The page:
As you may have guessed, low key lighting is the opposite of high key lighting, where minimal light and the use of shadows create a moody and dramatic effect. This can draw the viewer’s attention to specific parts of the scene. This style of lighting is achieved by utilizing a restricted number of light sources, emphasizing the shape of the subject or conveying a sense of tension and mystery. Although it is typically used in film noir, horror, or mystery genres, it can be appropriate for any video production that requires a dark and ominous ambiance. You may need to further play with the feel of your scene in post-production editing to achieve the look you want.

When to use low key lighting

Low key lighting is great for horror or noir genres but can be used to give an interesting look to any video production.

Motivated Lighting

Filmmakers use motivated lighting in video production to produce realistic lighting that elevates the story and enriches the visual storytelling. This technique involves replicating natural light sources found within a scene, such as lamps, moonlight or lighting in a car. It can also be used to enhance the practical lighting used within a scene. Though motivated lighting may require more time and effort than standard lighting setups, it can be an invaluable tool for bringing realism to your scenes.

When to use motivated lighting

Use motivated light as they’re needed in your script and story. Just like with practical lighting, there’s no one way to add motivated light so you can be creative.

Ambient Lighting

Ambient light refers to the natural or pre-existing light in a given space, which can be adjusted to create a particular mood or atmosphere. When filming your video outside during the day, the use of the suns natural light can cut back on expenses and time and enhance the quality of your visuals. For tips on using natural lighting for your video productions check out this article. Ambient light can also be artificial lighting that exists in your location such as a street lamp, neon sign or other background lighting that can be seen in your frame.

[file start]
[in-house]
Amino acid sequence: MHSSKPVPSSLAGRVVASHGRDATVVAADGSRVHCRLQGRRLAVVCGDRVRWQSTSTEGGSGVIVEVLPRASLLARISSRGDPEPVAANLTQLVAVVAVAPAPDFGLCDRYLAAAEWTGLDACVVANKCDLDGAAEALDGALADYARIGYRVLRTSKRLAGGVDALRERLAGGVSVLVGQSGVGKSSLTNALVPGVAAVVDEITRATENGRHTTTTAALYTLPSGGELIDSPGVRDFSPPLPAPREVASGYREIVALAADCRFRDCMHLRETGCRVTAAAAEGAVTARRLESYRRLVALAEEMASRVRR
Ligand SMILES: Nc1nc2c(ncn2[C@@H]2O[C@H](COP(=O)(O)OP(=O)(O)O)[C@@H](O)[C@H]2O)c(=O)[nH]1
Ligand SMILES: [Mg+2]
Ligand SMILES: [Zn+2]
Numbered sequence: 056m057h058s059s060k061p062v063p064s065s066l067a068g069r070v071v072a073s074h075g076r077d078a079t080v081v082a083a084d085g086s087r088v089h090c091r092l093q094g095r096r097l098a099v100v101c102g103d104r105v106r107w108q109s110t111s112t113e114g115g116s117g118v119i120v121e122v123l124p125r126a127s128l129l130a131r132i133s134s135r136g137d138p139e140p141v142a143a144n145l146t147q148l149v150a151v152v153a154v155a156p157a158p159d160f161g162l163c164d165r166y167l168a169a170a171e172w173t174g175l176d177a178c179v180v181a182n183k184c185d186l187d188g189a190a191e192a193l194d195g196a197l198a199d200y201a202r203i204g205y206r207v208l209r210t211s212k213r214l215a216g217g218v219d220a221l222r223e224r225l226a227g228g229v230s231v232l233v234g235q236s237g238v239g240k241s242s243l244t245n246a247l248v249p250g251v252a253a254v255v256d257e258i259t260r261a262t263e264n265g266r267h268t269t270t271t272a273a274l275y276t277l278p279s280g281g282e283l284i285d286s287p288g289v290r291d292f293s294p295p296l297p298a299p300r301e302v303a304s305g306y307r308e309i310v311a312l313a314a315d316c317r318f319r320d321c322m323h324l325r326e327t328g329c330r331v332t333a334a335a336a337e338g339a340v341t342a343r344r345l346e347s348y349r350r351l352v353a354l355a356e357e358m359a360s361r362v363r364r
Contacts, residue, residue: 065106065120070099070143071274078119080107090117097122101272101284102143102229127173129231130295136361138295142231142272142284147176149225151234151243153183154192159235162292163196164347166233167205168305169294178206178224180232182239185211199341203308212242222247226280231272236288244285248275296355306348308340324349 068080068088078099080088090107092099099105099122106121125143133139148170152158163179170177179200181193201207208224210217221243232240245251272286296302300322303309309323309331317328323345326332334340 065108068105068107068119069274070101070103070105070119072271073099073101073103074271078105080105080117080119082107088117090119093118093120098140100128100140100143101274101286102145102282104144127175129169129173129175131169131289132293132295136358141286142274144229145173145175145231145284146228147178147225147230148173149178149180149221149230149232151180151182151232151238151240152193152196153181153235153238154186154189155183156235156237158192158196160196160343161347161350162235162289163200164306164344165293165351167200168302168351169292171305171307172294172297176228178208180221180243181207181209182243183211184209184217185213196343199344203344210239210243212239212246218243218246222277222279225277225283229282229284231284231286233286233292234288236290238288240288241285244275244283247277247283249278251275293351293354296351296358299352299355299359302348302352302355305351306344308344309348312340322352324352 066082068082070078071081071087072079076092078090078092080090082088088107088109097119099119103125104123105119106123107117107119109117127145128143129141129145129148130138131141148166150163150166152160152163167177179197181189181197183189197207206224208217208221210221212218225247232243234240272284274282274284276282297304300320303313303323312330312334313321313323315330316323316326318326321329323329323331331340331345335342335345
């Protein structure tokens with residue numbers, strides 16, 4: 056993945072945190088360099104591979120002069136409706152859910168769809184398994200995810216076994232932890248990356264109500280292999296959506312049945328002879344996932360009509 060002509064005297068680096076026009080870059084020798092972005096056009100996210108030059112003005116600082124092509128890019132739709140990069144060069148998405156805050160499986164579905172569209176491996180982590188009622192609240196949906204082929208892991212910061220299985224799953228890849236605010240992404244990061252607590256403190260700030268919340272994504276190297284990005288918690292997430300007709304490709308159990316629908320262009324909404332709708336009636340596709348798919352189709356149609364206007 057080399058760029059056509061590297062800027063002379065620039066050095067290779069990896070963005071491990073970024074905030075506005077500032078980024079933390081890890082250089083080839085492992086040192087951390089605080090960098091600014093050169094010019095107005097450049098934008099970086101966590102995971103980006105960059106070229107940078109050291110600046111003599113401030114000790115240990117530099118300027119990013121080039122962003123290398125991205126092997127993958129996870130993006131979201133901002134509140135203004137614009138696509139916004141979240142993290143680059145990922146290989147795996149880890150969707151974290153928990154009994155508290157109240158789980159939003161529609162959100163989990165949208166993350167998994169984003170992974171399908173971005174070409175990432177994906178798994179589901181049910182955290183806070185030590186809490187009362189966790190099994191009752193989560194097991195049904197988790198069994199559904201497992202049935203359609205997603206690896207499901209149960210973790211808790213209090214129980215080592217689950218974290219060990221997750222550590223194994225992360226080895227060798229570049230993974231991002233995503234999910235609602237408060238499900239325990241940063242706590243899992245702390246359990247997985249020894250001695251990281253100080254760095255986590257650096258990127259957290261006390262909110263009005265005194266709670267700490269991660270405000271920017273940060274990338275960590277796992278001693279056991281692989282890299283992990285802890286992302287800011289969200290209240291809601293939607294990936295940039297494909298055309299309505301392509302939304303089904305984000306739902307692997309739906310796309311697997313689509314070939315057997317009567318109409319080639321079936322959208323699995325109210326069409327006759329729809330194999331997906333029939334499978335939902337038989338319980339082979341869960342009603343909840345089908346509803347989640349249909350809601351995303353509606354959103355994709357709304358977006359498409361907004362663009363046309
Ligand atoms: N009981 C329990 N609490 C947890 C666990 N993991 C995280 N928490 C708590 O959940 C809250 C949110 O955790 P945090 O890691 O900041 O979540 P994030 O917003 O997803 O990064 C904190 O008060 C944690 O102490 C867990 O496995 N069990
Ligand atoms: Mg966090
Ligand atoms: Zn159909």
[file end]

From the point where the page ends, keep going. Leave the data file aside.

When to use ambient lighting

Using ambient light or natural lighting outside during the day can be a great way to save money or setup time/energy. Always scout your areas; if you like the way a light source looks, use it!

Using Lighting Techniques for Corporate videos and Interviews

We’ve been talking a lot about using lighting techniques to enhance your cinematic projects, but what if you’re looking to set up lighting for a corporate video or interview. The same rules we’ve gone over above can be used for any type of video project, you can adjust the three lighting principles (direction, intensity, softness/hardness) to fit your needs. The three-point lighting technique with your key light, fill light and backlighting is still a simple and trusted method for lighting your subjects. Most of the time the important thing is to make your interviewee or scene look great, but if you want to add some style, let the elements above be your guide.

Lighting for video production doesn’t need to be difficult

When it comes down to it, the main function of your lighting set up is to light what your camera is shooting. Make that your first priority and then add on from there. Use the three-point lighting technique and then adjust your direction, intensity and softness or hardness to create the style you want for your video or film. Just like with every other element of video production, the more you do it the more comfortable with it you’ll be and you’ll find what works best for you and your team.

If you need help with your lighting or any other part of you next video project, BLARE Media can help you will all your lighting needs. Contact us today.